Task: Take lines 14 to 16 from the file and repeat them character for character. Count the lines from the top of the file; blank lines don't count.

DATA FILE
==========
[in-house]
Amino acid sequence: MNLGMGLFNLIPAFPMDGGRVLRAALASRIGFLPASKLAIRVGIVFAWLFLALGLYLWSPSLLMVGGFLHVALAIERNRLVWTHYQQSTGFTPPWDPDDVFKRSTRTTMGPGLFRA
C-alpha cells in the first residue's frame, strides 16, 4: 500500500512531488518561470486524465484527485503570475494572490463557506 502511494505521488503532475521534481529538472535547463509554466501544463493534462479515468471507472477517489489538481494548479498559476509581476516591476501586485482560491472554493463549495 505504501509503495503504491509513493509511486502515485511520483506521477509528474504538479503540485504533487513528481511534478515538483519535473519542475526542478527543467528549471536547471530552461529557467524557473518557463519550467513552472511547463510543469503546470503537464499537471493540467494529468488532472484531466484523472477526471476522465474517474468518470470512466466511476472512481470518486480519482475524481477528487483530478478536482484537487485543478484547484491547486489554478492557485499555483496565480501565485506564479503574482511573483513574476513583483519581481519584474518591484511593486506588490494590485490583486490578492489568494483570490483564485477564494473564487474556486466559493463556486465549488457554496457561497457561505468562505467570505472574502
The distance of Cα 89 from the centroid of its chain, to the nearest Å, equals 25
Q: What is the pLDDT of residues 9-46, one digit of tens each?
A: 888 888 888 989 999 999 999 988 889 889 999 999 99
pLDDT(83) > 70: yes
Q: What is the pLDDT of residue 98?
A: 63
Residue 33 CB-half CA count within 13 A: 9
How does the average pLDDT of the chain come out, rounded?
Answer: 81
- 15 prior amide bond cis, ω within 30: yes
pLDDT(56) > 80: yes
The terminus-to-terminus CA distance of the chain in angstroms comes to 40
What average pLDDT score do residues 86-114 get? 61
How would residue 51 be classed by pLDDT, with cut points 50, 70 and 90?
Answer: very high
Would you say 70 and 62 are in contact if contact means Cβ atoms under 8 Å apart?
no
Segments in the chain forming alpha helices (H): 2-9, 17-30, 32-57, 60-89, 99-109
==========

pLDDT(56) > 80: yes
The terminus-to-terminus CA distance of the chain in angstroms comes to 40
What average pLDDT score do residues 86-114 get? 61